Rating:As Mastodon has become increasingly popular outside of the metal community, the Atlanta four-piece has attracted increasing scrutiny from vocal fans who would prefer Mastodon stick to the sound of sludgy debut Remission. Having garnered as much mainstream success as a technically savvy hardcore metal act can reasonably hope for, Mastodon reacted to the popular acclaim they earned with Leviathan, Blood Mountain and Crack the Skye—all conceptual albums featuring increasingly proggy arrangements—by simplifying a bit on The Hunter and embracing a more accessible sound. Even a band as astonishingly talented as Mastodon can justify less lofty ambitions if it means defying expectations at the right time.
Once More ‘Round the Sun finds Mastodon operating in a similar mode; these new songs retain the fire and riff-worship of Mastodon’s progressive metal theatrics, but pack that style into shorter songs that focus on sharpened songwriting and melody. In the place of seismic sludge and psychedelic odysseys, Once favors hard-rock cuts with masterful, if overly simplistic refrains. Mastodon brought in Nick Raskulinecz (Foo Fighters, Deftones, Ghost) to produce, a logical choice to hone the quick hooks, intricate riffs and rapturous joy Once delivers at its best. At this point, Mastodon has earned the opportunity to have a little fun, and radio-friendly polish suits them even if such concise songwriting makes it a little more difficult to appreciate the band’s almost unrivaled abilities. While it’s fair to pine for the epic scale and similarly grand achievement of Mastodon’s four elemental works, Once More ‘Round the Sun succeeds as a playful reaction to mainstream success that remains cognizant of what makes those earlier albums so uniquely powerful.
Despite a slick presentation and contagious melodies all over the album, Once More ‘Round the Sun isn’t empty of emotional depth, touching on death, rebirth, time, and tragedy. Opener “Tread Lightly” fires guitar shrapnel off the line “Open your eyes/ Take a deep breath and return to life,” the moody “Chimes at Midnight” tells of dead heroes and “Aunt Lisa” (featuring Atlanta punk act The Coathangers) pays tribute to drummer Bränn Dailor’s late aunt in riotous fashion. Then again, bravado-filled rockers like “The Motherload” and “High Road” make no apologies for their simple aggression, and are all the better for it. The swampy guitar blasts on the verse of “High Road” are a perfect counterpoint to the refrain’s harmonized anthem.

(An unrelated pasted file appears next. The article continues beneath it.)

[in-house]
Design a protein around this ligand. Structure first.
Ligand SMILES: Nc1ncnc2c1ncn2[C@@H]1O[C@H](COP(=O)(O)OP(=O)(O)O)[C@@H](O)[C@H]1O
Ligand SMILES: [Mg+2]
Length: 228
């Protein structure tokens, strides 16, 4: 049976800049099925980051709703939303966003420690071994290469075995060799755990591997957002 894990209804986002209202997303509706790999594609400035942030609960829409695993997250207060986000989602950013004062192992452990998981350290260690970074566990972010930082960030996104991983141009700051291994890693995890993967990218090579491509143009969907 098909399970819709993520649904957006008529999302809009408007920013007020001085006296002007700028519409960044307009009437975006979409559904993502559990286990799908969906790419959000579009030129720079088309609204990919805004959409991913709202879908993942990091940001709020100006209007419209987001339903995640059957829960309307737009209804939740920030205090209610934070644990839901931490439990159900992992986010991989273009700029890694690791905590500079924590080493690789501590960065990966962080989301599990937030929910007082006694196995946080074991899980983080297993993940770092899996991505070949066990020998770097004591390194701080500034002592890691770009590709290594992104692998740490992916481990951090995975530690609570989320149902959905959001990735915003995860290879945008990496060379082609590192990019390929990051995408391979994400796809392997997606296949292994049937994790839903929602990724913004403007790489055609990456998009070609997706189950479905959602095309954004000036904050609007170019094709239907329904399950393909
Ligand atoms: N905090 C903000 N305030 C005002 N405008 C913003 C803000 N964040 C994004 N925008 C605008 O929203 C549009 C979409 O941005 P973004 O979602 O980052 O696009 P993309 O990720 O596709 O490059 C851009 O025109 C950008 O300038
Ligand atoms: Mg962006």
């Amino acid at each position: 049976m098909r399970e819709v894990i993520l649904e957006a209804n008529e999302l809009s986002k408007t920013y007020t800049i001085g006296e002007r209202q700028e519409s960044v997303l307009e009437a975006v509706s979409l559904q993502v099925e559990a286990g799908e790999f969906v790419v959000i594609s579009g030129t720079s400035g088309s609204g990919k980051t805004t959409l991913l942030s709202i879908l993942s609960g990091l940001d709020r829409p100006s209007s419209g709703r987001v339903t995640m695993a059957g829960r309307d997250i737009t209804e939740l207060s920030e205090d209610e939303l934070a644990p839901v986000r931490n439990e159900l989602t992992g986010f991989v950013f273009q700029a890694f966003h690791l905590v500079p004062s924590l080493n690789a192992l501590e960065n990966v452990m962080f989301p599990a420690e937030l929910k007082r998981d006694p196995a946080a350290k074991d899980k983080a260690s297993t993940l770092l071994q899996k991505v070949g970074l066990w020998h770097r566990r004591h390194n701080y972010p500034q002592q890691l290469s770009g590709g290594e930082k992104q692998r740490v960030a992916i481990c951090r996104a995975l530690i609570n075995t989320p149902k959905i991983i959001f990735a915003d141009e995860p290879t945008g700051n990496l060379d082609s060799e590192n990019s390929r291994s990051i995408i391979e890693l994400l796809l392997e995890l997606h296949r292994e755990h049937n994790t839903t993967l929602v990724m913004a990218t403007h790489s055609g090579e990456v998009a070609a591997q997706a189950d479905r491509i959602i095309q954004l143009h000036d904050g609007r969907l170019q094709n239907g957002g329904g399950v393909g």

The song-based approach Mastodon introduced on the The Hunter and favors on Once More ‘Round the Sun demands the band’s more progressive touches be rendered in smaller scale, making nimble execution an effective necessity. “Chimes at Midnight” rides the verse’s weaving arpeggio into a raging two-part refrain that charges ahead in a straightforward fashion; on “Halloween,” Dailor’s drumming is robust but notably restrained, a tempering force alongside the searching guitar-work on the song’s second-half; “Feast Your Eyes” channels its more complex guitar tangles into pockets that magnify the impact of more infrequent bursts of noodling.
While Once More ‘Round the Sun will likely be knocked by the same longtime fans that hated The Hunter, this new material is most successful when it references Mastodon’s more complex songwriting while prioritizing taut hard-rock drive. “Diamond in the Witch House” (featuring Scott Kelly of Neurosis) should be a knockout, as it sounds a lot like the highlights of past Mastodon records, but actually feels constrained by its lethargic tempo and ambling melody. Mastodon can create powerful conceptual sagas that span progressive rock, jazz structures and brutal metal songwriting, but their unique sound can also be applied successfully to less adventurous material. It’s only surprising that the band behind “Cut You Up With a Linoleum Knife” hasn’t done so more often.